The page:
SEE MORE PRE-COLUMBIAN ARTIFACTS
This is an EXTREMELY RARE hammered sheet copper mummy death mask from Pre-Columbian South America. It was made by the Moche civilization and features classic anatomy and style that this empire was known for. Objects like this represented the pinnacle of noble class wealth and status. While many of these examples are badly damaged by the ravages of time and corrosion of the copper, this specimen is in stunning preservation and is complete and unusually well-preserved. It was made by hammering the sheet from both sides to create a three-dimensional anatomy. On the outer surface of the mask is a beautiful heavy deposit of malachite minerals, testifying to the authenticity and age of this rare ancient treasure. The inside of the mask is patinated with a layer of copper oxide and other minerals but the lack of the encrustations similar to the outer side, indicate this mask lay face up and the underside was protected from the same moisture that deposited the encrustations on the outer surface.
Since each of these masks were made by hand and no two were alike, each is its own work of art with its own unique personality and presence. Out of the many we have seen in collections and published, this specimen possesses such an aesthetic quality that most lack. The sculpt of the face and its expression are truly spectacular. Another rare feature is that the pupils of the eyes were embellished with tar and that original tar is still perfectly preserved in both eyes. Even the delicate original attachment holes where the mask was sewn onto the mummy (on the outer upper and lower rims) are still intact! A custom steel display stand was made and these holes are utilized to suspend the mask upright for a truly museum-class display!
This hammered copper mask is in its original condition and has only been cleaned and conserved in our lab, to stabilize and preserve the metal. It is in RARE form, complete and with NO REPAIR OR RESTORATION OF ANY KIND. It is 100% ORIGINAL.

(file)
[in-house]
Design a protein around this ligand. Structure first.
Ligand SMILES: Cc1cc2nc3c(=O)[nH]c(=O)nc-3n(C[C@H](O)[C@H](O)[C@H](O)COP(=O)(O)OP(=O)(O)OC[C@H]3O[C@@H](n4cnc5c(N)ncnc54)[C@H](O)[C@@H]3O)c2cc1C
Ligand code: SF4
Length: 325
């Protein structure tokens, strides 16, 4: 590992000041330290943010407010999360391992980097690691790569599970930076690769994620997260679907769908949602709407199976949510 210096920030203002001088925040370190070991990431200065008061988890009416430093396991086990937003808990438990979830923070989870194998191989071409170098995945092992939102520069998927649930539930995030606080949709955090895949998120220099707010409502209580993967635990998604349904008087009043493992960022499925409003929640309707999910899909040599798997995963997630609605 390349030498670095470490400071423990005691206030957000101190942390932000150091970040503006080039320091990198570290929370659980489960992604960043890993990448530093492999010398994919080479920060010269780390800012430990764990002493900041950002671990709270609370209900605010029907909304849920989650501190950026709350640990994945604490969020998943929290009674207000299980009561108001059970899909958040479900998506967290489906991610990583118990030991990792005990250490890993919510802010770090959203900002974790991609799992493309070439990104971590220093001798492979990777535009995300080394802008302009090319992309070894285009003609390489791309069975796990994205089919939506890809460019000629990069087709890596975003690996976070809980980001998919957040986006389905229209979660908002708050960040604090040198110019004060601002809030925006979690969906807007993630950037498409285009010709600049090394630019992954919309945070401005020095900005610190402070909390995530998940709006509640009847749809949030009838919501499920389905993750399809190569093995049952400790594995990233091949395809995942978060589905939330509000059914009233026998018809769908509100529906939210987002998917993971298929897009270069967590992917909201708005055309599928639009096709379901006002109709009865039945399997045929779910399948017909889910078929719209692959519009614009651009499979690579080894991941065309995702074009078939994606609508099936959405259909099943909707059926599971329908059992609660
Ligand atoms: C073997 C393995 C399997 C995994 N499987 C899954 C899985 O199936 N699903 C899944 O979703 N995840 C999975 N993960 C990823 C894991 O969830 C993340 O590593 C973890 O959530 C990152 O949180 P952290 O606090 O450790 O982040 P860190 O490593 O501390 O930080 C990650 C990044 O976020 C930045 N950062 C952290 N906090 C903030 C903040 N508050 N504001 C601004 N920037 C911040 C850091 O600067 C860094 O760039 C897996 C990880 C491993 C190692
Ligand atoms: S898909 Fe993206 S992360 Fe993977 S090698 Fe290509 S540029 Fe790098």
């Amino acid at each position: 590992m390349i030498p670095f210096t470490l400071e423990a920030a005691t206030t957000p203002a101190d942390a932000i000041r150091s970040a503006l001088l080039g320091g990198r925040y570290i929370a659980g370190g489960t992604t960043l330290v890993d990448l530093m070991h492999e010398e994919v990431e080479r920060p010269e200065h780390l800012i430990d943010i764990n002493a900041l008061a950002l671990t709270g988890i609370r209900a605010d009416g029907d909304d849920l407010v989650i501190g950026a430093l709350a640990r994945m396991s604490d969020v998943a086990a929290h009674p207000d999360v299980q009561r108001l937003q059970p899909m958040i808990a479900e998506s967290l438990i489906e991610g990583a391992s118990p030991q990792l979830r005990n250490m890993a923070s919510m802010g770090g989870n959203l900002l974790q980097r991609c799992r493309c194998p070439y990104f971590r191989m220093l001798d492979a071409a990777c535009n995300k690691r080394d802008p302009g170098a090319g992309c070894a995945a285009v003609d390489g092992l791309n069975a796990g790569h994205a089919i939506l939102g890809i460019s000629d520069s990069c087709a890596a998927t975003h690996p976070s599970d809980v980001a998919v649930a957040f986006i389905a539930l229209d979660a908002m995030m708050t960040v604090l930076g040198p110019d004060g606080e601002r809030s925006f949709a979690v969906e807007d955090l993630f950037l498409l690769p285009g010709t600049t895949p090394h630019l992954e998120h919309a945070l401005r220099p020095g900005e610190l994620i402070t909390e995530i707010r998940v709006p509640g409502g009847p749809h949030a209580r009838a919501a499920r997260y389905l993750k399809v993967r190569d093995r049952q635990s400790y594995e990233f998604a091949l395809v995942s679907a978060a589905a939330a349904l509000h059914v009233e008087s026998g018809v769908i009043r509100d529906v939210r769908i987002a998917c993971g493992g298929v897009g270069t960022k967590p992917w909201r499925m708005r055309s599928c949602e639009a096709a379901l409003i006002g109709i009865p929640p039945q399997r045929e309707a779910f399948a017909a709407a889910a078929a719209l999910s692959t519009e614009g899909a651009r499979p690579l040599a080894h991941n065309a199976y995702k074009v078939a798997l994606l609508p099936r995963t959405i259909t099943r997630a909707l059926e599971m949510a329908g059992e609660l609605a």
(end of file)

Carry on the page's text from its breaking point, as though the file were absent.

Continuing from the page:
The Moche civilization, or the Mochica culture, flourished in northern Peru with its capital near present-day Moche, Trujillo, Peru. They thrived from about 100 to 700 AD during the Regional Development Epoch. Moche society was agriculturally based, with a significant level of investment in the construction of a sophisticated network of irrigation canals for the diversion of river water to supply their crops. The Moche are particularly noted for their elaborately painted ceramics, gold work, monumental constructions (huacas), and irrigation systems.
Both iconography and the finds of human skeletons in ritual contexts seem to indicate that human sacrifice played a significant part in Moche religious practices. These rites appear to have involved the elite as key actors in a spectacle of costumed participants, monumental settings and possibly the ritual consumption of blood. The tumi was a crescent-shaped metal knife used in sacrifices. Excavations in plazas near Moche huacas have found groups of people sacrificed together and the skeletons of young men deliberately excarnated, perhaps for temple displays.
The Moche may have also held and tortured the victims for several weeks before sacrificing them, with the intent of deliberately drawing blood. Some parts of the victims may have been eaten in ritual cannibalism. The sacrifices may have been associated with rites of ancestral renewal and agricultural fertility. Moche iconography features a figure which scholars have nicknamed the "Decapitator"; it is frequently depicted as a spider, but sometimes as a winged creature or a sea monster: together all three features symbolize land, water and air. When the body is included, the figure is usually shown with one arm holding a knife and another holding a severed head by the hair; it has also been depicted as "a human figure with a tiger's mouth and snarling fangs". The "Decapitator" is thought to have figured prominently in the beliefs surrounding the practice of sacrifice.